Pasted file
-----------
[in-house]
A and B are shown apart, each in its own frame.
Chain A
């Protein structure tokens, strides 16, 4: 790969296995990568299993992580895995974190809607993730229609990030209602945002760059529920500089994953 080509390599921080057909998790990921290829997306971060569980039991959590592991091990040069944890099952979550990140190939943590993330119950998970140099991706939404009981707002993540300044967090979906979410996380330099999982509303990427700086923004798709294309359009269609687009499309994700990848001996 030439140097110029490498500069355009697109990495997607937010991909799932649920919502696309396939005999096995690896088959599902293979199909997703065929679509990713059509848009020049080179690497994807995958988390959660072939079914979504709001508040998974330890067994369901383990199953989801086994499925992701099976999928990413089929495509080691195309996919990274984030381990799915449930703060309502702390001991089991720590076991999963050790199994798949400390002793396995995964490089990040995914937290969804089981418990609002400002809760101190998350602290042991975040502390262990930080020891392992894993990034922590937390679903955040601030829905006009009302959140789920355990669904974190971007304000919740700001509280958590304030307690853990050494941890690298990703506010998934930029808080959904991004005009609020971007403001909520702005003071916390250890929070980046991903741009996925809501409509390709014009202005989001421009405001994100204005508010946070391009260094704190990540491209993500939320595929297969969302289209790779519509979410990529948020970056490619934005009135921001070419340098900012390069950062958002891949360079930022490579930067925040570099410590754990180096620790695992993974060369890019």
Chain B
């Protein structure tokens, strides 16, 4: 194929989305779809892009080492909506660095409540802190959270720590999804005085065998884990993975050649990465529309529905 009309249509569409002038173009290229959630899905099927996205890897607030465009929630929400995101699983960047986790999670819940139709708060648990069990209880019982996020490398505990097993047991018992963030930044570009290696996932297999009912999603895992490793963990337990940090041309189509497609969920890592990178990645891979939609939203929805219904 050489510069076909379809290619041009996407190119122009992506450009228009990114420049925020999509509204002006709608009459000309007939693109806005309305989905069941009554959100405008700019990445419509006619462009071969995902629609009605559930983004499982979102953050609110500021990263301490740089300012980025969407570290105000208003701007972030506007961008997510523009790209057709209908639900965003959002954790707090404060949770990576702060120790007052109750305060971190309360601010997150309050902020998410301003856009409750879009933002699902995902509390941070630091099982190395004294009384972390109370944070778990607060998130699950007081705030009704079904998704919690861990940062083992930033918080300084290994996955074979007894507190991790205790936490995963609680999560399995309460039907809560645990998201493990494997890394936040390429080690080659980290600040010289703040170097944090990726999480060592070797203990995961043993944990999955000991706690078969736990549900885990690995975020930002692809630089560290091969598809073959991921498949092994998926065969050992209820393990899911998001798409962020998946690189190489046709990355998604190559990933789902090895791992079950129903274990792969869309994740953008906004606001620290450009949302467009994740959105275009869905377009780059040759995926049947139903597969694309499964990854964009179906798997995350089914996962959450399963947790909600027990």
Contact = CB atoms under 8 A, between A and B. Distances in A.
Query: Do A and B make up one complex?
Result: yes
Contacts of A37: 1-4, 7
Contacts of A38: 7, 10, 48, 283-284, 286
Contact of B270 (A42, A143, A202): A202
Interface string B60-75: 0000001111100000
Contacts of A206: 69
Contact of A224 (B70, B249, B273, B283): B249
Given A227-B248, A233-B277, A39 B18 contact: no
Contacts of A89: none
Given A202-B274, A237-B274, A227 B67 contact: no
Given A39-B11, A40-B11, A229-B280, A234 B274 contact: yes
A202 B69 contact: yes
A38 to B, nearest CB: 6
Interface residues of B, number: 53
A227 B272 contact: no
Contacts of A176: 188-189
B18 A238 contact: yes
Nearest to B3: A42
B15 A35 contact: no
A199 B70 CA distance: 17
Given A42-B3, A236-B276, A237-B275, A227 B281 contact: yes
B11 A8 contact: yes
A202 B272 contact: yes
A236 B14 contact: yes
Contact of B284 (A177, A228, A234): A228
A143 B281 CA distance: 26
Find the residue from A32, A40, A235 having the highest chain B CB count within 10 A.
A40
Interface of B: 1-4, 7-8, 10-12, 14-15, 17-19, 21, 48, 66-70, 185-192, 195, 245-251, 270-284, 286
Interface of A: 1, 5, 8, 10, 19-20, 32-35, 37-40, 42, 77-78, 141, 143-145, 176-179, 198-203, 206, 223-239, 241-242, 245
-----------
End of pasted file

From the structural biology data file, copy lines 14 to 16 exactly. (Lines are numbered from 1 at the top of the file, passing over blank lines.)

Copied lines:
Contacts of A206: 69
Contact of A224 (B70, B249, B273, B283): B249
Given A227-B248, A233-B277, A39 B18 contact: no